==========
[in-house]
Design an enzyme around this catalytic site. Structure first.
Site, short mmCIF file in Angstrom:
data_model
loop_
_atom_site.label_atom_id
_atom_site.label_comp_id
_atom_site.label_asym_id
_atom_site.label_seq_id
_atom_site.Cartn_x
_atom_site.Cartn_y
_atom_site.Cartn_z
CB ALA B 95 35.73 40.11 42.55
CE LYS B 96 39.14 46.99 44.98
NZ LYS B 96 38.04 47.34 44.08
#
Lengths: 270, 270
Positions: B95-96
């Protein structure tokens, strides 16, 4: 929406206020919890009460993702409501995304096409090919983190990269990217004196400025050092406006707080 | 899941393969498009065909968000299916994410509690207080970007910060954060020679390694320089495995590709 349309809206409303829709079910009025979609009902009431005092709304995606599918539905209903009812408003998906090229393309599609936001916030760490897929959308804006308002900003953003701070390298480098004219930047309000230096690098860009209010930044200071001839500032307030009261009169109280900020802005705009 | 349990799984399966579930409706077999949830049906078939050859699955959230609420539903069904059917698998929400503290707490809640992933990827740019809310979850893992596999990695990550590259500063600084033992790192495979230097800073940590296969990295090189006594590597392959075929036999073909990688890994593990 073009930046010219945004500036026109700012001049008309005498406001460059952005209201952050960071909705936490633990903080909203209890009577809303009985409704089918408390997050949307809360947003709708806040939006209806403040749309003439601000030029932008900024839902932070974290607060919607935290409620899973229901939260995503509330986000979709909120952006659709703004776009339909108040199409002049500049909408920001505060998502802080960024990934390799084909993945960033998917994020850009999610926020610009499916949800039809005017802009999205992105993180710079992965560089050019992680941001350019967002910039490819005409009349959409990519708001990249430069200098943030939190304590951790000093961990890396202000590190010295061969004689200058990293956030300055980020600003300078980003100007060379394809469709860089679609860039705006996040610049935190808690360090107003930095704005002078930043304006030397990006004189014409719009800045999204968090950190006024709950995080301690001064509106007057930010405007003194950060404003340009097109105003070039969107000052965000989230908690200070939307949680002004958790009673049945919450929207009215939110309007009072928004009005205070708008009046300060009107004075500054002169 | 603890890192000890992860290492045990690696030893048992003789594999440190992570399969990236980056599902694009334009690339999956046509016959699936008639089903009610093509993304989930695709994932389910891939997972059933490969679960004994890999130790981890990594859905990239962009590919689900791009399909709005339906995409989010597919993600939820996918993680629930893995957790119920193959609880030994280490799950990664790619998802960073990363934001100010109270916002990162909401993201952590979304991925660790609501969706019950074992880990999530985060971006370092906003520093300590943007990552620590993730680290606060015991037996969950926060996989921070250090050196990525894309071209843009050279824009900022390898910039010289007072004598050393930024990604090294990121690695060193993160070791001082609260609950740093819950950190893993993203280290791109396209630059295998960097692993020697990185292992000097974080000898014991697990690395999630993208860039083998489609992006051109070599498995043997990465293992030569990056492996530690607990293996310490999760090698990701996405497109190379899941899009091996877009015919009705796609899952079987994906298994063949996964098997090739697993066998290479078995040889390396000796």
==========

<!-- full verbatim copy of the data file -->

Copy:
[in-house]
Design an enzyme around this catalytic site. Structure first.
Site, short mmCIF file in Angstrom:
data_model
loop_
_atom_site.label_atom_id
_atom_site.label_comp_id
_atom_site.label_asym_id
_atom_site.label_seq_id
_atom_site.Cartn_x
_atom_site.Cartn_y
_atom_site.Cartn_z
CB ALA B 95 35.73 40.11 42.55
CE LYS B 96 39.14 46.99 44.98
NZ LYS B 96 38.04 47.34 44.08
#
Lengths: 270, 270
Positions: B95-96
């Protein structure tokens, strides 16, 4: 929406206020919890009460993702409501995304096409090919983190990269990217004196400025050092406006707080 | 899941393969498009065909968000299916994410509690207080970007910060954060020679390694320089495995590709 349309809206409303829709079910009025979609009902009431005092709304995606599918539905209903009812408003998906090229393309599609936001916030760490897929959308804006308002900003953003701070390298480098004219930047309000230096690098860009209010930044200071001839500032307030009261009169109280900020802005705009 | 349990799984399966579930409706077999949830049906078939050859699955959230609420539903069904059917698998929400503290707490809640992933990827740019809310979850893992596999990695990550590259500063600084033992790192495979230097800073940590296969990295090189006594590597392959075929036999073909990688890994593990 073009930046010219945004500036026109700012001049008309005498406001460059952005209201952050960071909705936490633990903080909203209890009577809303009985409704089918408390997050949307809360947003709708806040939006209806403040749309003439601000030029932008900024839902932070974290607060919607935290409620899973229901939260995503509330986000979709909120952006659709703004776009339909108040199409002049500049909408920001505060998502802080960024990934390799084909993945960033998917994020850009999610926020610009499916949800039809005017802009999205992105993180710079992965560089050019992680941001350019967002910039490819005409009349959409990519708001990249430069200098943030939190304590951790000093961990890396202000590190010295061969004689200058990293956030300055980020600003300078980003100007060379394809469709860089679609860039705006996040610049935190808690360090107003930095704005002078930043304006030397990006004189014409719009800045999204968090950190006024709950995080301690001064509106007057930010405007003194950060404003340009097109105003070039969107000052965000989230908690200070939307949680002004958790009673049945919450929207009215939110309007009072928004009005205070708008009046300060009107004075500054002169 | 603890890192000890992860290492045990690696030893048992003789594999440190992570399969990236980056599902694009334009690339999956046509016959699936008639089903009610093509993304989930695709994932389910891939997972059933490969679960004994890999130790981890990594859905990239962009590919689900791009399909709005339906995409989010597919993600939820996918993680629930893995957790119920193959609880030994280490799950990664790619998802960073990363934001100010109270916002990162909401993201952590979304991925660790609501969706019950074992880990999530985060971006370092906003520093300590943007990552620590993730680290606060015991037996969950926060996989921070250090050196990525894309071209843009050279824009900022390898910039010289007072004598050393930024990604090294990121690695060193993160070791001082609260609950740093819950950190893993993203280290791109396209630059295998960097692993020697990185292992000097974080000898014991697990690395999630993208860039083998489609992006051109070599498995043997990465293992030569990056492996530690607990293996310490999760090698990701996405497109190379899941899009091996877009015919009705796609899952079987994906298994063949996964098997090739697993066998290479078995040889390396000796």